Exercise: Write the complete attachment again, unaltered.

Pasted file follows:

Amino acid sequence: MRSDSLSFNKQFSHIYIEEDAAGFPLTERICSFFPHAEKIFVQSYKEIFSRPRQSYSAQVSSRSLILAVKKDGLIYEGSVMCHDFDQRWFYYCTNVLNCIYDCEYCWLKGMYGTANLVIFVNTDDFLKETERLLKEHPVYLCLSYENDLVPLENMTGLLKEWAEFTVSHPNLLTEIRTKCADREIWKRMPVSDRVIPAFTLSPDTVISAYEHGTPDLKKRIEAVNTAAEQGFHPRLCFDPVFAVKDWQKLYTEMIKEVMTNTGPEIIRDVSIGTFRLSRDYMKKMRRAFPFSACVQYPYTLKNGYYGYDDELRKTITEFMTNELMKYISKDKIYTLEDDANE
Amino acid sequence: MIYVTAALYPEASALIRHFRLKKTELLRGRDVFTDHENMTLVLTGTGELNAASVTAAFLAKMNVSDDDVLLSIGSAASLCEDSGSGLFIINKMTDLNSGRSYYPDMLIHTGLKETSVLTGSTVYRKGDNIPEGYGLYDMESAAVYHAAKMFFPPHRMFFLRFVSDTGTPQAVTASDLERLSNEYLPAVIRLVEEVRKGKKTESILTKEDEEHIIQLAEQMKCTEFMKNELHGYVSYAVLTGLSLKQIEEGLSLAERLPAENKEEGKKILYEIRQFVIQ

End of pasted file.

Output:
Amino acid sequence: MRSDSLSFNKQFSHIYIEEDAAGFPLTERICSFFPHAEKIFVQSYKEIFSRPRQSYSAQVSSRSLILAVKKDGLIYEGSVMCHDFDQRWFYYCTNVLNCIYDCEYCWLKGMYGTANLVIFVNTDDFLKETERLLKEHPVYLCLSYENDLVPLENMTGLLKEWAEFTVSHPNLLTEIRTKCADREIWKRMPVSDRVIPAFTLSPDTVISAYEHGTPDLKKRIEAVNTAAEQGFHPRLCFDPVFAVKDWQKLYTEMIKEVMTNTGPEIIRDVSIGTFRLSRDYMKKMRRAFPFSACVQYPYTLKNGYYGYDDELRKTITEFMTNELMKYISKDKIYTLEDDANE
Amino acid sequence: MIYVTAALYPEASALIRHFRLKKTELLRGRDVFTDHENMTLVLTGTGELNAASVTAAFLAKMNVSDDDVLLSIGSAASLCEDSGSGLFIINKMTDLNSGRSYYPDMLIHTGLKETSVLTGSTVYRKGDNIPEGYGLYDMESAAVYHAAKMFFPPHRMFFLRFVSDTGTPQAVTASDLERLSNEYLPAVIRLVEEVRKGKKTESILTKEDEEHIIQLAEQMKCTEFMKNELHGYVSYAVLTGLSLKQIEEGLSLAERLPAENKEEGKKILYEIRQFVIQ